A single senior missionary couple can provide far-reaching outreach with relatively few resources and difficulties. For example, assigning a senior missionary couple to unreached countries where there are few, if any, restrictions on religious freedom such as Cuba, Equatorial Guinea, Sao Tome and Principe, Seychelles, Senegal, and Timor-Leste (East Timor) could have a long-term impact and lead to the successful, permanent establishment of an LDS presence. Senior missionaries can be assigned to lesser-reached or unreached ethnolinguistic minority groups and given the task to establish a church presence among a particular people such as among Amerindian groups in Mexico, Guatemala, Peru, and Colombia and ethnolinguistic minority groups in Russia. Senior missionaries can provide valuable contributions to expanding LDS outreach in to previously unreached administrative divisions of countries with a limited church presence such as in virtually all countries in Sub-Saharan Africa.
A senior missionary couple can function like a mini-mission president for a newly opened area for missionary work or in a location distant from mission headquarters that has full-time missionaries assigned. For example, the Church in Angola relied on a senior couple who acted as the mission president of the mission region for Angola under the Mozambique Maputo Mission in 2012. This approach has good potential for expanding outreach in locations with vast unreached areas such as Brazil, Sub-Saharan Africa, India, Indonesia, Cambodia, and Russia.
Senior missionary couples can provide invaluable assistance in addressing socialization problems in individual congregations and reversing stagnant growth trends. There have been numerous examples of senior missionary couples working closely with individual congregations and instilling greater self-sufficiency in leadership as they teach members correct procedures and doctrines for church administration and gospel living. The Church in Eastern Europe and East Asia has frequently experienced socialization and member activity problems that may be better addressed by a senior missionary couple rather than utilizing young full-time missionaries. Senior couples can educate and mentor active members and promote reactivation and member-missionary work.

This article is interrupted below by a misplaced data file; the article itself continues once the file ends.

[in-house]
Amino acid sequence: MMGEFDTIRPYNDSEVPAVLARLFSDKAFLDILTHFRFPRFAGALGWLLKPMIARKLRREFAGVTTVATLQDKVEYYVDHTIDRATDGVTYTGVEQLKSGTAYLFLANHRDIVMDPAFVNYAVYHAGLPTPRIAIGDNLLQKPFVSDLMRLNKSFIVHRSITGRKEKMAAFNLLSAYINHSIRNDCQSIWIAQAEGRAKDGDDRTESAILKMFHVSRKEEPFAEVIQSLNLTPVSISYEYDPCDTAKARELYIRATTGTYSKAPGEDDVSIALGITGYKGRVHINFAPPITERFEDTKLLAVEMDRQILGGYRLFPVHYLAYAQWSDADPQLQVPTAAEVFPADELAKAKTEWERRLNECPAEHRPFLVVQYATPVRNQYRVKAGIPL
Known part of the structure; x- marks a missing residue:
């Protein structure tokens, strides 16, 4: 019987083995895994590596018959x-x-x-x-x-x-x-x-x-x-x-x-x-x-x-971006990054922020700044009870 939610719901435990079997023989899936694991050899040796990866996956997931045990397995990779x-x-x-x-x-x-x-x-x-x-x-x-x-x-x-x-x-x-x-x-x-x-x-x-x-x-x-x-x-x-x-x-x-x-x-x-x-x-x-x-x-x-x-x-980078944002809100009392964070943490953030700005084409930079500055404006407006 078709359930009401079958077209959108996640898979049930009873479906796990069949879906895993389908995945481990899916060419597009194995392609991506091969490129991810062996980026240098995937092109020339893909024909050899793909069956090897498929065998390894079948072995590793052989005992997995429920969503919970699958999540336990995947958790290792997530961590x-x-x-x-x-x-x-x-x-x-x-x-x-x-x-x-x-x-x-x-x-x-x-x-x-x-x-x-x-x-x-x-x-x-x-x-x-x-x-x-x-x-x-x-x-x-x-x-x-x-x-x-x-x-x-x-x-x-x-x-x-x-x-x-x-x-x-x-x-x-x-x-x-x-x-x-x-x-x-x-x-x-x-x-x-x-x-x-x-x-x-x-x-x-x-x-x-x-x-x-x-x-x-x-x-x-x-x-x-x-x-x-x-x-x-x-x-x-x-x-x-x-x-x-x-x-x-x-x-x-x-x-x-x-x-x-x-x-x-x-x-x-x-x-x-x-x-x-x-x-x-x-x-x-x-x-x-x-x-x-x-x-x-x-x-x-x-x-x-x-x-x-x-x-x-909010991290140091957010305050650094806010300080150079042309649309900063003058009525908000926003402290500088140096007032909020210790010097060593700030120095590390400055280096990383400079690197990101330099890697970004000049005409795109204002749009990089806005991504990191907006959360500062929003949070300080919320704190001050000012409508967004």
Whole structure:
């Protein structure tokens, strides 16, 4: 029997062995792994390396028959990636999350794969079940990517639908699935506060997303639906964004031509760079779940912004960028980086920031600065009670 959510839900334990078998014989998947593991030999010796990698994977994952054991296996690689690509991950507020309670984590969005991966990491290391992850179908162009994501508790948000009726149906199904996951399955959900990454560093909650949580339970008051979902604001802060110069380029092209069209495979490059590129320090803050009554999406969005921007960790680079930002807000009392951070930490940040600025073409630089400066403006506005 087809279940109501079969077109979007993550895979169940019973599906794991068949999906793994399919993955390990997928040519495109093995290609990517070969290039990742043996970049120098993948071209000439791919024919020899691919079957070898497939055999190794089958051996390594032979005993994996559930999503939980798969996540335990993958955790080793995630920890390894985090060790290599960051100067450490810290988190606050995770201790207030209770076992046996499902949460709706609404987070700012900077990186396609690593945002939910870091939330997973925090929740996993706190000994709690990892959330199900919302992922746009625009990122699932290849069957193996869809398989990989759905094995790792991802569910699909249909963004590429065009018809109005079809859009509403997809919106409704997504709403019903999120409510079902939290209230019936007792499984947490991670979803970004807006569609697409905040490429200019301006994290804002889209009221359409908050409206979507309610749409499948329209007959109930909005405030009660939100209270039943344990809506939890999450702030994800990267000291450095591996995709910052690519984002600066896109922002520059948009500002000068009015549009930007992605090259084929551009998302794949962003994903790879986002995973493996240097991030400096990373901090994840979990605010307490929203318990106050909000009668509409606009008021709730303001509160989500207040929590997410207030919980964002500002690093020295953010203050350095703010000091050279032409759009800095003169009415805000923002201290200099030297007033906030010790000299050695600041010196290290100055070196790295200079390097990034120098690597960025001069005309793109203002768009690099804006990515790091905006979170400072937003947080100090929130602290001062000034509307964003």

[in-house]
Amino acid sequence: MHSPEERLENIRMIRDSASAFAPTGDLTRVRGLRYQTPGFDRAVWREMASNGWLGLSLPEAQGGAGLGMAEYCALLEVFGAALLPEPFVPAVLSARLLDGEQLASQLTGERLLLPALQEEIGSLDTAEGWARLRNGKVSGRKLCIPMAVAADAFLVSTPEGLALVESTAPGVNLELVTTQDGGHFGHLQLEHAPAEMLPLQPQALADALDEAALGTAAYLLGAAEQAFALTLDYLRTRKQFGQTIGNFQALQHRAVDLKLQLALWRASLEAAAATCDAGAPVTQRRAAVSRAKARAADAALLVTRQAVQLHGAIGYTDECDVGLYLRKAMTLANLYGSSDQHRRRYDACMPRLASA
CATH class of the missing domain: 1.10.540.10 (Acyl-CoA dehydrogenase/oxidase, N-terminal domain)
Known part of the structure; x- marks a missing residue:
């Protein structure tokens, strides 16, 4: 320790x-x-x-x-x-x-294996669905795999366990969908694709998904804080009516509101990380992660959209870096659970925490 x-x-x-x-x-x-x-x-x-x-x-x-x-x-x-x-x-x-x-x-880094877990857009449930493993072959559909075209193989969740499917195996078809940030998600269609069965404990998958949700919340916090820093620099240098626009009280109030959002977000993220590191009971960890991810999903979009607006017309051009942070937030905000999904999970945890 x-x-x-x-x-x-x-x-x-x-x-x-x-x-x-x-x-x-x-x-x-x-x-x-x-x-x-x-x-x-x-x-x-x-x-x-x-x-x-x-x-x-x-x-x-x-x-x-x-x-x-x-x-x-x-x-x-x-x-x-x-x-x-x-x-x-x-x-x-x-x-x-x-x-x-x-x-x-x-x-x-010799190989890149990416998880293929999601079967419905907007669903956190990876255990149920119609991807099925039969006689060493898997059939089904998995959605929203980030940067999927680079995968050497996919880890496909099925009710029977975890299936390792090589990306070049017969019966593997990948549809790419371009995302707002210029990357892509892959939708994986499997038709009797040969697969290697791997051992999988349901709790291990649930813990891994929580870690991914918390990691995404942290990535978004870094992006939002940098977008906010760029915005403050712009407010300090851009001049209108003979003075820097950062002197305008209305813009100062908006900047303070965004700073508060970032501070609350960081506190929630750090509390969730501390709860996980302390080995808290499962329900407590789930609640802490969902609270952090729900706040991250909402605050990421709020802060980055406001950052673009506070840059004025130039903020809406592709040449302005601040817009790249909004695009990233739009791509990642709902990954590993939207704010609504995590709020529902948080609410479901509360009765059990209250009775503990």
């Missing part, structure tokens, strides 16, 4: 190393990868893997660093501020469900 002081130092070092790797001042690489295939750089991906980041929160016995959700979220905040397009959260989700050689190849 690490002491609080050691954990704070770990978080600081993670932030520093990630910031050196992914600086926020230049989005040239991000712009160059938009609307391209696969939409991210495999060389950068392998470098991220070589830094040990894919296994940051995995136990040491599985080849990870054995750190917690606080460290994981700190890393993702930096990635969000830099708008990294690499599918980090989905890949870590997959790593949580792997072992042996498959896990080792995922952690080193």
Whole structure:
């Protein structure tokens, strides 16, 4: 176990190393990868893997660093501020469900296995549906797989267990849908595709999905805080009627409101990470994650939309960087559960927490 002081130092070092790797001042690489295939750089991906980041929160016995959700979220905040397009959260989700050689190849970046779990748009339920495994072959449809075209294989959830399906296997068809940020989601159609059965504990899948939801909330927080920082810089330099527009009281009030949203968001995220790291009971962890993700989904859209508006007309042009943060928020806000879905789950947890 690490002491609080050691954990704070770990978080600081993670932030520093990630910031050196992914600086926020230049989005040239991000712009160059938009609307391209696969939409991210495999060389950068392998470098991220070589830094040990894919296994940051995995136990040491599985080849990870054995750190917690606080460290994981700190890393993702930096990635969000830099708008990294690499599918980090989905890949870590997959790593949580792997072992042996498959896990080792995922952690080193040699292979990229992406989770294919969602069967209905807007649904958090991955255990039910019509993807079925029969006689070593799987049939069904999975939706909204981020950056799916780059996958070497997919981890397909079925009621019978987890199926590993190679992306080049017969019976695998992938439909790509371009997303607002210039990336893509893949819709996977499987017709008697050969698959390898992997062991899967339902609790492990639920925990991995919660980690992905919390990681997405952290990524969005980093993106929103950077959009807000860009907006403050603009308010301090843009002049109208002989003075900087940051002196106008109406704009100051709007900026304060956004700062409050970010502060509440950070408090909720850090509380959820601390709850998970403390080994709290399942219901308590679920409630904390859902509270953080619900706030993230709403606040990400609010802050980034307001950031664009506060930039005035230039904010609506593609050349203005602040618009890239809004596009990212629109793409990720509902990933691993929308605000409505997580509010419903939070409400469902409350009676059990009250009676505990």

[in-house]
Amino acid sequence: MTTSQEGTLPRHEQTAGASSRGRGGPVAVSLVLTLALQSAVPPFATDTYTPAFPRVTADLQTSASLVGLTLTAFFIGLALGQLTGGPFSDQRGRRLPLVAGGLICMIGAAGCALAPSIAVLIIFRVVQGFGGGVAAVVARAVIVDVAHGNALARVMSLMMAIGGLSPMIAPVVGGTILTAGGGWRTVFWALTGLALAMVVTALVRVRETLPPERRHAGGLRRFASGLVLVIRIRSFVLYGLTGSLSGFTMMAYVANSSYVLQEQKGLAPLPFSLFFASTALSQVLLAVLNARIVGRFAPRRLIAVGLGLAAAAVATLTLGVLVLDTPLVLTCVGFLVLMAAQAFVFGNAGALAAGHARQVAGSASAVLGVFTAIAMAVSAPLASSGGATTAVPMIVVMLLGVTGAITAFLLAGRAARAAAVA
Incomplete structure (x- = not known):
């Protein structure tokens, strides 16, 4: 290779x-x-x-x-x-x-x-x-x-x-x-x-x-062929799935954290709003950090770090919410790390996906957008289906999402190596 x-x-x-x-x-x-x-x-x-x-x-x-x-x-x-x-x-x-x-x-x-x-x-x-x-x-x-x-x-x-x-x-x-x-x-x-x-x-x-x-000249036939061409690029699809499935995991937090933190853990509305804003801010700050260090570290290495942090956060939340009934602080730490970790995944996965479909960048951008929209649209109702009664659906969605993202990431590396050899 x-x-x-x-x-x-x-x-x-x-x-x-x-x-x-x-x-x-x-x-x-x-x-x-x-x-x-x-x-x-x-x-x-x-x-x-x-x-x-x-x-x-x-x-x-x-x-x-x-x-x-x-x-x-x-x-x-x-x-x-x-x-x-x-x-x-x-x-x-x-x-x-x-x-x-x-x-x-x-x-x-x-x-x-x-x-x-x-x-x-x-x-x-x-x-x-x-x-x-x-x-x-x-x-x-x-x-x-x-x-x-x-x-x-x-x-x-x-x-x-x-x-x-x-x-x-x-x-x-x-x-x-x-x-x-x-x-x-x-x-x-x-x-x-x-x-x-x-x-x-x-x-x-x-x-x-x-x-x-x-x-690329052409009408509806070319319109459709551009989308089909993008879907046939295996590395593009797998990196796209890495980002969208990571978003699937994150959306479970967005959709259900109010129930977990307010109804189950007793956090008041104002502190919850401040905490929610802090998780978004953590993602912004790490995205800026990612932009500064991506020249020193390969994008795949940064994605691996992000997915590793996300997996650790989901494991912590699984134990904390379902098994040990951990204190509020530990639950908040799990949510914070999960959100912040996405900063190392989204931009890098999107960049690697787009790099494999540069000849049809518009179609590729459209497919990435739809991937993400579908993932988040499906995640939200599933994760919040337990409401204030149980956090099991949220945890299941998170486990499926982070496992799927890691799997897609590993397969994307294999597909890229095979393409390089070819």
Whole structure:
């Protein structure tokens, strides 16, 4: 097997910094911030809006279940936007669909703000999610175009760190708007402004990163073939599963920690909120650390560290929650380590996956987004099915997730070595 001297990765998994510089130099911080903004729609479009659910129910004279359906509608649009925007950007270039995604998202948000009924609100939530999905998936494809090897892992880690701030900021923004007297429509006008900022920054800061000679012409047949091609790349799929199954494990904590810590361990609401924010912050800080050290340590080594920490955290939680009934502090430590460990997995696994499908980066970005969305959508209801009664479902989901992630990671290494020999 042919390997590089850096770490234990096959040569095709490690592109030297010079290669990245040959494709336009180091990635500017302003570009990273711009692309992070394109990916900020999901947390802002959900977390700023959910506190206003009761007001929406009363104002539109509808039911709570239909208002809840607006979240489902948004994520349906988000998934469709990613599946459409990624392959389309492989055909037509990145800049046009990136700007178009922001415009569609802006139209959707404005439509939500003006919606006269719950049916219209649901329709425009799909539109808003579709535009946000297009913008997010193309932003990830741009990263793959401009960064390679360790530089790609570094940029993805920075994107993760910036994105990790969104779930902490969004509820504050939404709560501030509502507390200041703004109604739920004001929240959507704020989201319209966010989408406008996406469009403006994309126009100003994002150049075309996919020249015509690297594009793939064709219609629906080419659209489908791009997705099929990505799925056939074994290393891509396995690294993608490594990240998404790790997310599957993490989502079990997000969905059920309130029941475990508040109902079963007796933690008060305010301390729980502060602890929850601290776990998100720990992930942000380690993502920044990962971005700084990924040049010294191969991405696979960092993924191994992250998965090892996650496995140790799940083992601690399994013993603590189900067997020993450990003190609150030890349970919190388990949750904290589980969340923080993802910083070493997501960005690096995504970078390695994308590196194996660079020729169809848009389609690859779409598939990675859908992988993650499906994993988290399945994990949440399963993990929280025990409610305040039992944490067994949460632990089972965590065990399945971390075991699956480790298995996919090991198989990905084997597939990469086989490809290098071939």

The Church remains highly dependent on North Americans to staff senior couple missionary manpower. The only other world region where sizable numbers of senior couples serve missions is Oceania. There have been extremely few senior missionary couples who have served full-time missions from Latin America, Sub-Saharan Africa, Asia, and Europe. Insufficient funds to finance a mission, health problems, short life expectancies, few married members who qualify to serve senior missions, lower member activity rates compared to North America and Oceania, and little long-term vision from local and regional church leaders in encouraging senior members to serve missions has limited the number of senior couples who serve missions from outside North America and Oceania.
A lack of senior missionary couples has delayed or prevented the opening of some countries and cities to missionary work. For example, missionaries serving in the Democratic Republic of the Congo Kinshasa Mission reported that an insufficient number of senior missionary couples delayed the opening of Gabon to formal proselytism for several months as church leaders were awaiting for the assignment of a French-speaking couple to begin formal proselytism activity. In 2012, the Zambia Lusaka Mission president lamented that he endeavored to open additional provinces in Zambia to formal proselytism but that there were an insufficient number of senior couples to permit outreach expansion.
The Church in some locations is dependent on senior missionary couples to properly function. Oftentimes senior missionary couples designated as member and leadership support missionaries are assigned to locations where the Church may not be able to properly function without their support. The continued assignment of senior missionaries to some of these locations has appeared to hamper the development of self-sufficiency as members have relied on outsourced missionary manpower to meet their needs. This finding places emphasis on the importance of gradually handing off administrative and leadership responsibilities that are initially or briefly undertaken by senior missionary couples to avoid local member dependence on foreign missionaries.
Continued economic challenges for some mission-aged couples in North America, increasing demand for senior missionary couples in many areas of the world as opportunities for outreach expansion remain favorable, and the lack of senior couples outside North America that serve full-time missions predict a mixed outlook for increasing the number of senior missionary couples worldwide. The surge in the number of young men and women serving missions presents an unprecedented opportunity to utilize senior missionary couples to orchestrate the opening of scores of previously unreached countries, administrative divisions, and proselytism efforts targeting ethnolinguistic groups that have not received concentrated LDS outreach. A commensurate increase in the number of senior couples serving missions will be required for the Church to accelerate outreach expansion at a time when resources are abundant and opportunities for growth remain favorable in many areas of the world. Church programs where stake and district presidents, mission presidents, bishops, and branch presidents identify senior couples within their congregations, stakes, or districts and encourage these couples to serve full-time missions may be an appropriate method to augment senior couple missionary manpower. Wise appropriation of limited senior missionary couples will be required regardless of changing numbers of senior couples serving missions in order to achieve greater growth worldwide.